Bad-Old Boss Joins Your New Office? Commute To Office Stressing You? Ask The Doctor!

Address your questions at ASK THE DOCTOR to interact@exchange4media.com or to sandeep@goyalmail.com

by exchange4media Staff
Published - May 29, 2018 8:53 AM Updated: May 29, 2018 8:53 AM

Q. While working on a client project, I figured that what the client is wanting to get us to do in advertising is actually an over claim. The claims we are being asked to make in the advertising are far from the truth. I am far too junior in the agency hierarchy to challenge the client though I did warn the person I deal with that we could get into trouble. But I was ignored and the higher-ups in my own agency have chosen not to confront the client or ask for clarifications. What do I do? Just keep my eyes and ears shut? Write an internal memo to my boss? Write to the client?
Priya J.


Dear Priya,

I understand your concerns. I do not want to condone either the behavior of your client or your superiors. But I want you to sit down and introspect on whether you are actually reacting to a real issue or are you overreacting to a client brief. Is there an intention, a real intention, to cheat? Deceive? To mislead? Or is the client trying to turn and twist facts, squeeze out some very minor data advantage or feature or functionality, to somehow create a product differentiation and therefore claim product superiority?

Having been in advertising for well over 30 years, I have seen hundreds of situations such as this. The concept of ‘unique selling proposition’ (USP) is long dead. With over a dozen brands crowding every category, there is very little to differentiate between brands and almost none has a competitive advantage to communicate. Given that scenario, brands have no choice but to rely on either me-too claims or sometimes resort to a little deception. It happens in advertising every day. I am no one to get into the ethicality of it but most clients will take a chance on the tiniest advantage that they can claim and then tom-tom. Most such cases end up with the Advertising Standards Council of India (ASCI), dragged there by competitors. Most such advertising gets pulled up, sometimes withdrawn. Clients are fully aware of the trajectory of such claims in the market and 99 per cent of them will still choose to follow that path. They will run the campaign for whatever time they can till it is asked to be taken off-air. But in that short run of the campaign they will try to achieve some advantage over competitors in the market place. By the way this is true of even big clients like HUL or P&G or Colgate who are under ASCI purview all the time in a constant game of claims, counter-claims and over-claims. Even Airtel and Jio are contesting each other these days, in fact in court. This is part of everyday work.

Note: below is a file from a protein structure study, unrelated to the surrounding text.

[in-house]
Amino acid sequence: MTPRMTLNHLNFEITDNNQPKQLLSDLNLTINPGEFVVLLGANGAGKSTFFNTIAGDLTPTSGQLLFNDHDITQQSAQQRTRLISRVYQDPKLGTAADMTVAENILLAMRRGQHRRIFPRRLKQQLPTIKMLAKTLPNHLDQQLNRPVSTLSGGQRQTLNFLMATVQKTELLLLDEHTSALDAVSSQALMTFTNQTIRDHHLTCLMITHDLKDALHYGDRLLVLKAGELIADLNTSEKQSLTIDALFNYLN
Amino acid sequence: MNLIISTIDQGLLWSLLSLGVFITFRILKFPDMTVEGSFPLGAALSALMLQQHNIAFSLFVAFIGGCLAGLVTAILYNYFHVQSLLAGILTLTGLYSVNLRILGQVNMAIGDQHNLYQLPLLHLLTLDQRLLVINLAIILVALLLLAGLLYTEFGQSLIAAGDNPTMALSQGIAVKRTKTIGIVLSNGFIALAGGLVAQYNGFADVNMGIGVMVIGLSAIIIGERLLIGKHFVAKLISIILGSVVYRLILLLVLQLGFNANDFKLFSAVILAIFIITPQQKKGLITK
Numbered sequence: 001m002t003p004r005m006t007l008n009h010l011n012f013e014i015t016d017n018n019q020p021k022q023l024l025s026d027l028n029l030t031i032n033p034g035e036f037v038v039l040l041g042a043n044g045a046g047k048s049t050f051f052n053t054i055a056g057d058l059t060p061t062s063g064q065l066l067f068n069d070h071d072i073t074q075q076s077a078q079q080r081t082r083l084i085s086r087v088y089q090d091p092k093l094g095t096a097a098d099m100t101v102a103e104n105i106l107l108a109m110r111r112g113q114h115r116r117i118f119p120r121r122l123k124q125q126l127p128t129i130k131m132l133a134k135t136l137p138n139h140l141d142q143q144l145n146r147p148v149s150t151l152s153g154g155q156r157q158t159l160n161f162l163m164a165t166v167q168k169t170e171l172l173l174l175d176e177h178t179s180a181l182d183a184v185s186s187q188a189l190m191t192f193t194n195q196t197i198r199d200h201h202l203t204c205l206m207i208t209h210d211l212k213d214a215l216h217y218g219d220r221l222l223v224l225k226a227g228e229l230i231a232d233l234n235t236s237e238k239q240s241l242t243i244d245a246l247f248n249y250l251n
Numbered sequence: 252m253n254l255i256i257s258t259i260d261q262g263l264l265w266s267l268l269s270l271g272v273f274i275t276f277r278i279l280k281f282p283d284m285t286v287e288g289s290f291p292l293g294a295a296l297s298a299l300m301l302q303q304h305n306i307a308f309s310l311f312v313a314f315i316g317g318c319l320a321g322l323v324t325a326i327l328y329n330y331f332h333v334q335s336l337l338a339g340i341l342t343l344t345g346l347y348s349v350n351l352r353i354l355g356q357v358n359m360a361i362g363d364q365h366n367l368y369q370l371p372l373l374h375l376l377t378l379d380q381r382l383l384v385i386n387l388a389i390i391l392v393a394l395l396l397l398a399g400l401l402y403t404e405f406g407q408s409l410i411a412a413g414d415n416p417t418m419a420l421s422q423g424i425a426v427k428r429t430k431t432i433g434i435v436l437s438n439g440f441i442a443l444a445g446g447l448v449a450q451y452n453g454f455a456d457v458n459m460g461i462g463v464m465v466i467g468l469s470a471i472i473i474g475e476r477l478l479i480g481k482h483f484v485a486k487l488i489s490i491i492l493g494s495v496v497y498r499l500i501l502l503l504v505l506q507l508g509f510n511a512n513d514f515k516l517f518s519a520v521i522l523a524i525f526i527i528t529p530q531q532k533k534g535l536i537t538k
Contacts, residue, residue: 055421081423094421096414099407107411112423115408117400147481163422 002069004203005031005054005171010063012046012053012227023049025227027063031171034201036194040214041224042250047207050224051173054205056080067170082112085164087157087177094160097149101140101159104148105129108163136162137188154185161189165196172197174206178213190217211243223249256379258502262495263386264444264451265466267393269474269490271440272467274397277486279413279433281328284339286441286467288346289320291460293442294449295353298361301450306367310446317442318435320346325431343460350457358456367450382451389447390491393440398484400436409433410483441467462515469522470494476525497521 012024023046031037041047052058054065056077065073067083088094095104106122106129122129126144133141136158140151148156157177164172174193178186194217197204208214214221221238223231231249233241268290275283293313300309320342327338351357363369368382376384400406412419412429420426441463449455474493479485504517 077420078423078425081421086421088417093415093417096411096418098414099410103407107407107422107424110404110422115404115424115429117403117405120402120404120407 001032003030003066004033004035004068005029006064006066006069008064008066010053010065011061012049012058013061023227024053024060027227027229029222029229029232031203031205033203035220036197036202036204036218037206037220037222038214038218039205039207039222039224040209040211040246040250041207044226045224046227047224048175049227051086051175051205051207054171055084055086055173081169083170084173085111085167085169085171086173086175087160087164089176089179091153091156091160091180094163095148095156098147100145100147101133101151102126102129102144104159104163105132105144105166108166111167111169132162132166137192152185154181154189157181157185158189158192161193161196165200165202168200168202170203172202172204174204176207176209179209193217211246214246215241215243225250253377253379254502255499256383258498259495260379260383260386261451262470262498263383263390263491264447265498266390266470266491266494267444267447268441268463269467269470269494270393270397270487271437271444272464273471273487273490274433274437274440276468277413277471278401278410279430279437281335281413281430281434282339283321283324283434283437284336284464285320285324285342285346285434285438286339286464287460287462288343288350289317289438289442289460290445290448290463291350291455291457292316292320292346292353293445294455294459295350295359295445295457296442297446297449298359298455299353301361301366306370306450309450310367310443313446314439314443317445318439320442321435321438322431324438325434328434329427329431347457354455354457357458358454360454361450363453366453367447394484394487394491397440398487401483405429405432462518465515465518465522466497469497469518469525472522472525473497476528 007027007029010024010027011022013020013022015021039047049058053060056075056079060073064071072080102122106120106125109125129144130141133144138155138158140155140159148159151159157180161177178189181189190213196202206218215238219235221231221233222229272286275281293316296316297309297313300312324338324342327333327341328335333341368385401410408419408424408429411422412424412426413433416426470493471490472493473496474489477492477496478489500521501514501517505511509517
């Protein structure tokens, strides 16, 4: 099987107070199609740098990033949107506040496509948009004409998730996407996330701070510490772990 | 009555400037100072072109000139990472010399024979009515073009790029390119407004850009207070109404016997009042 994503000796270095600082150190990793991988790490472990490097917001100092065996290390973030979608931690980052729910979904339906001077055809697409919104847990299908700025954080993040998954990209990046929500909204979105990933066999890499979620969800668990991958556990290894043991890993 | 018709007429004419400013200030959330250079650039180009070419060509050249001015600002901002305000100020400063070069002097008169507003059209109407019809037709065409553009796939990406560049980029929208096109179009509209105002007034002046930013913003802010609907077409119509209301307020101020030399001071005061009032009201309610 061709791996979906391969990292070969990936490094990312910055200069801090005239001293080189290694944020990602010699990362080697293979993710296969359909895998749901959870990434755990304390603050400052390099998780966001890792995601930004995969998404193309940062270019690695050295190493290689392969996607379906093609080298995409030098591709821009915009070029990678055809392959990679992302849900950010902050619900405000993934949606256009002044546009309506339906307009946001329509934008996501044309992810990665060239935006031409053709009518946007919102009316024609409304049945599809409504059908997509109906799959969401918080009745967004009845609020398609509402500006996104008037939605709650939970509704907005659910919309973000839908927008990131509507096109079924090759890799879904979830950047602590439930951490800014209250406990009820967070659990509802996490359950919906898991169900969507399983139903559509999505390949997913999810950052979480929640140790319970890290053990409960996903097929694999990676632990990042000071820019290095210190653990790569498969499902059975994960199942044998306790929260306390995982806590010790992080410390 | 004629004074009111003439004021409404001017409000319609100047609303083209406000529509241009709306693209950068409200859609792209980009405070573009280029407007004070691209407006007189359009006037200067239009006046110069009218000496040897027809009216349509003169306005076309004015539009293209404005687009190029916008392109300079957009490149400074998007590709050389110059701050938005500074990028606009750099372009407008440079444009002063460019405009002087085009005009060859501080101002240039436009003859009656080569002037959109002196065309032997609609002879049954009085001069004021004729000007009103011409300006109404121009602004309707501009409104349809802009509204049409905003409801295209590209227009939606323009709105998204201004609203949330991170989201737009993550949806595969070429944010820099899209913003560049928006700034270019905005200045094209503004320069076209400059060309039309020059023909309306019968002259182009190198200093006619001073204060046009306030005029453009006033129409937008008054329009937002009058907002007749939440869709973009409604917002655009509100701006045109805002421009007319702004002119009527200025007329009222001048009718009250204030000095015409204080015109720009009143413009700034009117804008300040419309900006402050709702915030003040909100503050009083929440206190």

At the ad agency, working on client briefs requires a mature out-look and understanding. You are neither required to stand in judgment on client ethics, nor is it your job to be complicit in cheating the customer. Client briefs have to be taken at face value and the job of the agency is to deliver communication to those briefs. Unless there is a serious case of defrauding the customer, some amount of hype and puffery are part of the game, and do not merit extreme reactions.

I suggest you take it easy for a while. Watch how it all proceeds. It will be a good learning for now and for later. You will surely emerge wiser and better informed, if nothing else.